‘It’s the heart of Dublin’ – Me Auld Flower festival brings city market back to life for one weekend
Dublin’s Victorian fruit, vegetable and flower market has remained closed since 2019
“It’s brilliant to see it full of food again,” said chef Kwanghi Chan, serving up a little cardboard bowl of steamed dumplings filled with bacon and cabbage.
“It’s lovely to be back in it again,” said Catherine McEvoy, handing over a plate of Irish cheese and onion croquettes at food trailer, The Salt Project.
She recalled buying flowers here for a niece’s wedding 14 years ago. “It’s a shame to let it go empty. It's the heart of Dublin.”
It, of course, is Dublin’s storied Victorian fruit, vegetable and flower marketplace on Mary’s Lane.
The 131-year old building was a buzzing crossroads in the city until it closed in 2019. But its doors have opened for a food and drink festival tied to St Patrick’s Festival, and it’s alive-alive-oh again.
Me Auld Flower is a four-day event described as “bringing the best of Ireland together in the old marketplace with a mix of restaurants, chefs, producers, distillers, brewers and makers, plus a host of demos, tastings and workshops and live acts and DJs, all under one roof.”
On the eve of St Patrick's Day, the doors opened, a DJ started spinning the tunes in a converted Mr Whippy ice cream truck, and it was game on.
At ‘Bastecamp’, chef Shauna Froydenlund was cooking up a storm whilst being quizzed on her role helping teach Bradley Cooper to cook for the movie Burnt.
Chefs like JP McMahon, Jordan Bailey, Lily Ramierez-Foran, Paul Flynn and Aishling Moore will follow over the next few days.
Outside, barbecues were firing up and small servings of lamb stew, smoked corn and chicken shish dished out to a growing stream of punters.
Guinness and Jameson had a presence, but so too did craft brands like Kinnegar, Mescan and Trouble Brewing.
“Ooh that smells good,” was a reaction overheard more than once.
With the vaulted ceilings overhead, clubby lighting bouncing off the red brick walls and tables crammed with people deciding what to eat and drink next, it felt like a mash-up of London’s Borough Market and Belfast’s St George’s Market had landed north of the Liffey.
“It’s a venue that I feel should be open for this kind of activity day in and day out,” said Andy Noonan, festival director. “It has a bit of soul.
“It's bananas, it’s heartbreaking to see it closed. It really is. When we got in here, it blew our minds… there should be people here every week. Every day.”
"This to me is the markets area of the city,” said author, tour guide and host of the Three Castles Burning podcast, Donal Fallon, who is running walking tours as part of the festival.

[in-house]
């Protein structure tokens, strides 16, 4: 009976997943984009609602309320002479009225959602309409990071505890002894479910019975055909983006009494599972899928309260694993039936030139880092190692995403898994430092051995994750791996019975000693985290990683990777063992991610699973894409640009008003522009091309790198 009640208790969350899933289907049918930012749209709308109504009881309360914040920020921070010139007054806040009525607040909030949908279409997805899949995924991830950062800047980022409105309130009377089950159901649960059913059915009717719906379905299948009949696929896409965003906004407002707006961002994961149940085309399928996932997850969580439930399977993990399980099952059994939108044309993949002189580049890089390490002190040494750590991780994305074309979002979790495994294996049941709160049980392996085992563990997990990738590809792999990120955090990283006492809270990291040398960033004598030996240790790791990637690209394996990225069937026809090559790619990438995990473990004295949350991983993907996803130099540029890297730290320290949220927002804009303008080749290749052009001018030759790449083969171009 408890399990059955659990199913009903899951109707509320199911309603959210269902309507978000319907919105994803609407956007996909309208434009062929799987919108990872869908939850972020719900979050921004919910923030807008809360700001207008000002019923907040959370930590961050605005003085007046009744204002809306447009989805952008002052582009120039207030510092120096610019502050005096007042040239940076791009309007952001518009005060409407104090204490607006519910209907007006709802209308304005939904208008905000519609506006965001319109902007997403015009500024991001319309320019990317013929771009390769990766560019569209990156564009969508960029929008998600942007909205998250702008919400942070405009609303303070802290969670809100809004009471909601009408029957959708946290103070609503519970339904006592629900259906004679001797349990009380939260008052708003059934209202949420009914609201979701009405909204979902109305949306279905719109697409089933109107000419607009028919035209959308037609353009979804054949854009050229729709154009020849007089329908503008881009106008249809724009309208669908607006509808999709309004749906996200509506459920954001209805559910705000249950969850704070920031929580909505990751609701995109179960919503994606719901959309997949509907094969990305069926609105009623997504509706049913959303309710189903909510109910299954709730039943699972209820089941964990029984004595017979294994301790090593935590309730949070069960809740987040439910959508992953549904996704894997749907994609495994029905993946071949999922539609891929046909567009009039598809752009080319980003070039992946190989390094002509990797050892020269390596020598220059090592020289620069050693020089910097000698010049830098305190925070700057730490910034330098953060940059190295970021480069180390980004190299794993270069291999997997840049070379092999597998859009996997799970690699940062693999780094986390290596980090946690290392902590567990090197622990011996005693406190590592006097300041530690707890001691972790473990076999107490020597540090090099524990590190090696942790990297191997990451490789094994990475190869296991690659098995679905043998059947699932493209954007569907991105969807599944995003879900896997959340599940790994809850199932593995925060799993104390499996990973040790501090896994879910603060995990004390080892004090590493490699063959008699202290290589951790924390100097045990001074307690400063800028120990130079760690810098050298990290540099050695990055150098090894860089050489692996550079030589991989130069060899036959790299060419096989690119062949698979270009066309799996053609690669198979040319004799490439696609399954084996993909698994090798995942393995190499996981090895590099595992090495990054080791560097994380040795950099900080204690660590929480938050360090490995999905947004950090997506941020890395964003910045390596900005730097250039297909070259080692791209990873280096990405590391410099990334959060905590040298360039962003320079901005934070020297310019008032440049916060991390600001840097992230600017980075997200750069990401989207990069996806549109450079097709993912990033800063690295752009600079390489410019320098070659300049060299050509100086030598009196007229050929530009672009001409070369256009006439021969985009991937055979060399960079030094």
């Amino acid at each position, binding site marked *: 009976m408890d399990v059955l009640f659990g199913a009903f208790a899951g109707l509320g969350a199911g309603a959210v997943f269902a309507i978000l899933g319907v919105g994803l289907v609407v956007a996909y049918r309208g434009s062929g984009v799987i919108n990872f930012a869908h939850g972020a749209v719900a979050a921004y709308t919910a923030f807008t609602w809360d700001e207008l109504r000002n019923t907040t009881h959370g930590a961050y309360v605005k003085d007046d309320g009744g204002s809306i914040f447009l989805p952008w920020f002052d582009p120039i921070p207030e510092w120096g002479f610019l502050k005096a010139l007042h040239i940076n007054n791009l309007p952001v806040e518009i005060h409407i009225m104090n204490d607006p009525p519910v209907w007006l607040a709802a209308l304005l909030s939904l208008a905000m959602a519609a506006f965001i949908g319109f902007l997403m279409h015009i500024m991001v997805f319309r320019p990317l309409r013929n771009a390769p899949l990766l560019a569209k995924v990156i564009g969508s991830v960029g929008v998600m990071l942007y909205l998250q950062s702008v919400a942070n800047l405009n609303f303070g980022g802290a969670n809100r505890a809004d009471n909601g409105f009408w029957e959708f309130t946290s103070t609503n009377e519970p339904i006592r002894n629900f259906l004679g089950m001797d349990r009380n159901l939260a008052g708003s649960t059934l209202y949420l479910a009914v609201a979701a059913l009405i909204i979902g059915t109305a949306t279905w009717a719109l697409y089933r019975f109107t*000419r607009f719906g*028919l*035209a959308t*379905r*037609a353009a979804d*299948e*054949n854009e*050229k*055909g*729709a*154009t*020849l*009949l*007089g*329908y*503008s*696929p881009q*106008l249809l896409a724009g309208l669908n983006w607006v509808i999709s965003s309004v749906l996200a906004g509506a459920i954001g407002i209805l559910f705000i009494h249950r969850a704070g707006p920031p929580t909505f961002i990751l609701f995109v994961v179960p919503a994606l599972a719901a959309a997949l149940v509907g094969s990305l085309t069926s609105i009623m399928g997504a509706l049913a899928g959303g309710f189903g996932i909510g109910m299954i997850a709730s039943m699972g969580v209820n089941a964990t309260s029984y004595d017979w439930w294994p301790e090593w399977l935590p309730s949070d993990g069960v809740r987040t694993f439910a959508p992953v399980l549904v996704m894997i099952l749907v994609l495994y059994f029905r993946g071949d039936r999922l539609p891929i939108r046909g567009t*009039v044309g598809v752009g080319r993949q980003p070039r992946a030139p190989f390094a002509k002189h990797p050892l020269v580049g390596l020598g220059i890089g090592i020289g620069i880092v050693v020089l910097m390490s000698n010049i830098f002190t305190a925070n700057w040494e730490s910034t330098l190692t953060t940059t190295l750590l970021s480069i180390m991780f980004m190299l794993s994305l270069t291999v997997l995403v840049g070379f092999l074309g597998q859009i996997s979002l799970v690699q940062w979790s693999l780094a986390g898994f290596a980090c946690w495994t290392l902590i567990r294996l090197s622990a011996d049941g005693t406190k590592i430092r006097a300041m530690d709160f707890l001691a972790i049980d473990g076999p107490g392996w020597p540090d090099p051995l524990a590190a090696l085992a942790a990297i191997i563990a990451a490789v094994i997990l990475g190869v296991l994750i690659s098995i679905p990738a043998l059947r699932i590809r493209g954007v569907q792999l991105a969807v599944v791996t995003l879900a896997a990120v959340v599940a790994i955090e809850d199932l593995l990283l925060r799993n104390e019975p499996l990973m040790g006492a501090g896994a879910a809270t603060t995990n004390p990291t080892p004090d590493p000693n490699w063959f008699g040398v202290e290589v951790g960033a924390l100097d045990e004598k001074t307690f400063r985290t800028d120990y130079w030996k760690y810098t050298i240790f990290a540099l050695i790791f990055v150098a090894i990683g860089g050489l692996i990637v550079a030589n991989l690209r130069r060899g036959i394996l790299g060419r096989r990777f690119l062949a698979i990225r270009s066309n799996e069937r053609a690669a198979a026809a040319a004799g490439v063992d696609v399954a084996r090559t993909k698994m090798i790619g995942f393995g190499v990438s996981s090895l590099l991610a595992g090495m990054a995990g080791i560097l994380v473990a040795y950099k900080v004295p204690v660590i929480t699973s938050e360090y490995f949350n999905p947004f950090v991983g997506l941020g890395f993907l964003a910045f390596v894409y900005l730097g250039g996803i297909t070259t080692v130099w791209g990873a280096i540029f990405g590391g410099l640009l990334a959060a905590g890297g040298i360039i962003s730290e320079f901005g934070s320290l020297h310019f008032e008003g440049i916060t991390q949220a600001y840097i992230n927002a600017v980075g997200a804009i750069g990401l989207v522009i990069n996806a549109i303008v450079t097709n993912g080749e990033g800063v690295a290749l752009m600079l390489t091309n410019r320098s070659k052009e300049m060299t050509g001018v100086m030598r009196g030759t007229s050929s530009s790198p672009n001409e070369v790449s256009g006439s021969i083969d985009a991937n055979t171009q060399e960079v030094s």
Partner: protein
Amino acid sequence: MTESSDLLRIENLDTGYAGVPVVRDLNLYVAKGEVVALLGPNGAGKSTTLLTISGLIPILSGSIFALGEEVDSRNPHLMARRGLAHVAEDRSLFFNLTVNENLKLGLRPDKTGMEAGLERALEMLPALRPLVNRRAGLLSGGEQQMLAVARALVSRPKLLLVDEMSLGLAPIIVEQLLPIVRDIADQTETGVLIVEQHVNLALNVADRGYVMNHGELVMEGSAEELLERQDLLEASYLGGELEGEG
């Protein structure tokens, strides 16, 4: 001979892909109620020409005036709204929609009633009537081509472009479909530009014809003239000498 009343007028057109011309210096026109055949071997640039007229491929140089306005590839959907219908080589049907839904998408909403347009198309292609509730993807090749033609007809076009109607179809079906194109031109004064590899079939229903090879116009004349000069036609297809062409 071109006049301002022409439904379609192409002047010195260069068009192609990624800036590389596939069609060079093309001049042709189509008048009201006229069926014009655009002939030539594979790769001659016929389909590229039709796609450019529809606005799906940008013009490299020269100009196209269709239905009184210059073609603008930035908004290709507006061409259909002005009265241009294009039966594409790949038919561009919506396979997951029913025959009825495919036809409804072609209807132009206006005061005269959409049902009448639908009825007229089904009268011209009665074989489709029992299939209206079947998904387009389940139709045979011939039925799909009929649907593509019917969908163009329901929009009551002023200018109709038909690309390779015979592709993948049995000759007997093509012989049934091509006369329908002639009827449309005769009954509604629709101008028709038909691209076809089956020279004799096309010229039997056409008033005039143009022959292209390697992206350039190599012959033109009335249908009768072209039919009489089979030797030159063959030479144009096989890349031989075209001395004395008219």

He pointed out the detail in the market building, evoking the hustle and bustle of its heyday, the early houses, and the social history of surrounding areas like Chancery Park and Ormond Square.
After it closed in 2019, vendors were moved out of the market building, with a refurbishment planned for 2021.
But that was significantly delayed by the pandemic, sounding exercises and tendering processes.
Today, the plan remains “to introduce a Retail Food Market in keeping with planning permission," Dublin City Council confirms.
A design team “is currently working to bring forward a construction tender for conservation and refurbishment of the building which we hope to issue this summer”, it says.
But it could be years before a refurbishment is complete.
In the meantime, “pop-up uses” such as Me Auld Flower, the Halloween horror experience Nightmare Realm and Night Moves, which ran as part of Culture Night 2022, have been facilitated.
And this being Dublin, there was some grumbling about the prices at Me Auld Flower.
"€8 for that?” one woman remarked as she walked away from a stall with a tiny plate.
Thankfully, there were no Taste of Dublin-style florins in sight. But dishes ranged from €7 upwards, pints from €6.30, and a €22-€26 entry charge includes no food or drink.
"We spent €50,000 on security, just to open the doors,” Noonan said. And there are insurance costs, generators, loos and medical areas, he added.
“It’s a venue that’s not fit for purpose, and we have to make it fit for purpose… it would make our lives easier not selling tickets, but it’s not possible.”
In fairness, huge thought and creativity has gone into the programming. The portaloos were clean, large numbers of staff patrolled the aisles in hi-vis vests, there was a visible Garda presence and lots of bins. It felt well-run.
And yes, it was lovely to be back in it again.